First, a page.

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Tuesday, October 21, 2008

Ending performance reviews

S.Culbert's Beyond Bullsh*t(Beyond Bullsh*t: Straight-Talk at Work (Hardcover))2008The WSJ small biz blog this morning highlights a provocative column on HR practices by UCLA Professor Samuel Culbert. That it’s provocative seems to go without saying, since Culbert’s motto (and subtitle of his latest book) is “straight talk at work.”

Culbert wrote in Monday’s WSJ arguing that performance reviews are a bad idea. On the WSJ (inside the paywalll?), he also has a video on dealing with bad performers and a podcast for employees on dealing with a bad review.

From my days as a software entrepreneur, the column resonated with me, because my employees (including the software engineers and testers) always wanted a review, and I always hated doing them. So having someone telling me I shouldn’t do them seems like found money.

To summarize from the pullquote:
The Promise: Performance reviews are supposed to provide an objective evaluation that helps determine pay and lets employees know where they can do better.
The Problems: That's not most people's experience with performance reviews. Inevitably reviews are political and subjective, and create schisms in boss-employee relationships. The link between pay and performance is tenuous at best. And the notion of objectivity is absurd; people who switch jobs often get much different evaluations from their new bosses.
He lists 7 reasons why they’re a bad idea:
  1. Two People, Two Mind-Sets. The review is confrontational because the two sides have different goals.
  2. Performance Doesn't Determine Pay. Often the review is a rationalization for the eventual (budget constrained) salary decision, rather than a review of performance.
  3. Objectivity Is Subjective. Objectivity is a myth: employees change bosses, their reviews change dramatically.
  4. One Size Does Not Fit All. The same checklist is used for all, although people have different strengths and should be evaluated by different criteria.
  5. Personal Development Is Impeded. Employees won’t be honest about areas where they need to improve if it comes back to haunt them at review time.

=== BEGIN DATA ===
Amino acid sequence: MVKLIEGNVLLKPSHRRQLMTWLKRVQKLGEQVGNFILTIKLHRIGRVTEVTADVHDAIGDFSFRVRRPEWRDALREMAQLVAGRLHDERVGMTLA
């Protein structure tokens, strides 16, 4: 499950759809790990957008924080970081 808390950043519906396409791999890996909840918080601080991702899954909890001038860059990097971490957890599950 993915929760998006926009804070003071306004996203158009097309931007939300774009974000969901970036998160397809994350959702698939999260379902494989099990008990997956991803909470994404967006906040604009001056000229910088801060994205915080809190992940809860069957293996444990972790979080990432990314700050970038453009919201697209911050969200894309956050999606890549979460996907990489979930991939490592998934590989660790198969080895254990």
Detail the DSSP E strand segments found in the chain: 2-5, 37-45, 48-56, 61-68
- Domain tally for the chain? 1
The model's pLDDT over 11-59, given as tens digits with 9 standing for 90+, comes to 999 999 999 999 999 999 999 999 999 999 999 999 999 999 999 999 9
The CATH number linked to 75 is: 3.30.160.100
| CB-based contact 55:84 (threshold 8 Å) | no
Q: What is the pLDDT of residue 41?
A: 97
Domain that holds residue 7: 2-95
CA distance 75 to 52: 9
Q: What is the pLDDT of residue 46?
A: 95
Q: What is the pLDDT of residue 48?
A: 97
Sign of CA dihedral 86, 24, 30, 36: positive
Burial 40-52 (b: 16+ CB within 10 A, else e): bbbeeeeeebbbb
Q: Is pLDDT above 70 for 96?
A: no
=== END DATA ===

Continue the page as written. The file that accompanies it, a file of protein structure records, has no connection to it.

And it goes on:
6. Disruption To Teamwork. The boss is supposed to lead a team but the review causes employees to conceal and be dishonest, undercutting trust.
  7. Immorality Of Justifying Corporate Improvement. The reviews are supposed to improve performance and the company, but actually they just encourage political behavior.
I don’t completely buy his proposed alternative, which he calls a “performance preview.” However, as a teacher, a parent and someone who was a tech employer for 15 years, I do agree with the goals of his alternative process:
Holding performance previews eliminates the need for the boss to spout self-serving interpretations about what already has taken place and can't be fixed. Previews are problem-solving, not problem-creating, discussions about how we, as teammates, are going to work together even more effectively and efficiently than we've done in the past.
Anything that turns a review from a win-lose to a win-win is a good idea in my book. Also, my personal and business philosophy was always look forward, not back.

The only thing missing is how to adjust salaries, since that was the entire reason employees all pushed for a review. I guess for that I have to buy the book.

Thursday, October 16, 2008

Cleantech Venture Challenge

Cross posted to Cleantech Business

The University of Colorado at Boulder is preparing to host its 4th annual Cleantech Venture Challenge, an international business plan competition for new ventures that somehow address a “sustainability” need. The business plan competition is sponsored by the Deming Center for Entrepreneurship at the Colorado’s Leeds School of Business.

The competition uses a three-stage process. An intent to compete must be filed by Nov. 21, followed by a complete business plan on January 30, 2009. The eight semifinalists will come to Denver March 17-19 for the final rounds and the ultimate selection. The National Renewable Energy Lab (in nearby Golden, CO) will also invite the top renewable energy project to present at NREL.

The top prize is $25,000. The finals will also coincide with a sustainable business summit to be held at the Denver convention center, part of the state’s efforts to position itself in the cleantech business.

Tuesday, October 7, 2008

10 fatal assumptions

In providing feedback to my MBA entrepreneurship students, I went looking for information on market sizing assumptions.

I didn’t find what I was looking for, but I did find another interesting document, from Purdue University’s extension program. The note on “Fatal Business Planning Assumptions” by Cole Ehmke of Purdue offers a list of 10 common but flawed assumptions made by new ventures.

Although he’s in agricultural economics, the first three would resonate with any tech entrepreneur or investor:
  1. We have no competition
  2. All we need is 2% of the market
  3. Our product will sell itself
I would love to see a “10 most common tech startup mistakes” list, but for now this is a suitable cautionary list.